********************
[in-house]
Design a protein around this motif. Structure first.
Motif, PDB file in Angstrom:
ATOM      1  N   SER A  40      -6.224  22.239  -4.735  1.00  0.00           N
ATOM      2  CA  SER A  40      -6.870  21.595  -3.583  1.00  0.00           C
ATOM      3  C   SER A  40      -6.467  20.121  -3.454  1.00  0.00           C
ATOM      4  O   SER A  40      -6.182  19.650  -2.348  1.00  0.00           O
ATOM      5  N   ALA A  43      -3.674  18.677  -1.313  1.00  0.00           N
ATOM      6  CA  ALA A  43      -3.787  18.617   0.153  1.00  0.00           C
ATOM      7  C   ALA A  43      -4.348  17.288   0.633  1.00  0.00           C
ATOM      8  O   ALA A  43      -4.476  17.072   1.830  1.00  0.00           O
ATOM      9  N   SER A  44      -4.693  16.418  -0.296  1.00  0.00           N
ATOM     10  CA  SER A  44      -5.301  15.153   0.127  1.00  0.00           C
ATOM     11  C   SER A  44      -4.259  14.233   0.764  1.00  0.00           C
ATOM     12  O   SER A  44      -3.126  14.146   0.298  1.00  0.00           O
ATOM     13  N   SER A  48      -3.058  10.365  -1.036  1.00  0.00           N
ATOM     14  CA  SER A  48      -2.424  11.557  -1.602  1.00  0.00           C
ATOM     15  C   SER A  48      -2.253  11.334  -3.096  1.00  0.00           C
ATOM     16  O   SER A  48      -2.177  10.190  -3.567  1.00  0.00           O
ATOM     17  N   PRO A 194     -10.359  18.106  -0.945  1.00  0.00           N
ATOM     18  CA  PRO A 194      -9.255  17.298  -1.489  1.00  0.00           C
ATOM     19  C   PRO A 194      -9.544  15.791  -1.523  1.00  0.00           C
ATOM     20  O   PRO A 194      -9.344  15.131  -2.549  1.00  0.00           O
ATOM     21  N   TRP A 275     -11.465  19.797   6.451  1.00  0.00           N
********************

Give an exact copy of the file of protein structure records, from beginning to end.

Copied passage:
[in-house]
Design a protein around this motif. Structure first.
Motif, PDB file in Angstrom:
ATOM      1  N   SER A  40      -6.224  22.239  -4.735  1.00  0.00           N
ATOM      2  CA  SER A  40      -6.870  21.595  -3.583  1.00  0.00           C
ATOM      3  C   SER A  40      -6.467  20.121  -3.454  1.00  0.00           C
ATOM      4  O   SER A  40      -6.182  19.650  -2.348  1.00  0.00           O
ATOM      5  N   ALA A  43      -3.674  18.677  -1.313  1.00  0.00           N
ATOM      6  CA  ALA A  43      -3.787  18.617   0.153  1.00  0.00           C
ATOM      7  C   ALA A  43      -4.348  17.288   0.633  1.00  0.00           C
ATOM      8  O   ALA A  43      -4.476  17.072   1.830  1.00  0.00           O
ATOM      9  N   SER A  44      -4.693  16.418  -0.296  1.00  0.00           N
ATOM     10  CA  SER A  44      -5.301  15.153   0.127  1.00  0.00           C
ATOM     11  C   SER A  44      -4.259  14.233   0.764  1.00  0.00           C
ATOM     12  O   SER A  44      -3.126  14.146   0.298  1.00  0.00           O
ATOM     13  N   SER A  48      -3.058  10.365  -1.036  1.00  0.00           N
ATOM     14  CA  SER A  48      -2.424  11.557  -1.602  1.00  0.00           C
ATOM     15  C   SER A  48      -2.253  11.334  -3.096  1.00  0.00           C
ATOM     16  O   SER A  48      -2.177  10.190  -3.567  1.00  0.00           O
ATOM     17  N   PRO A 194     -10.359  18.106  -0.945  1.00  0.00           N
ATOM     18  CA  PRO A 194      -9.255  17.298  -1.489  1.00  0.00           C
ATOM     19  C   PRO A 194      -9.544  15.791  -1.523  1.00  0.00           C
ATOM     20  O   PRO A 194      -9.344  15.131  -2.549  1.00  0.00           O
ATOM     21  N   TRP A 275     -11.465  19.797   6.451  1.00  0.00           N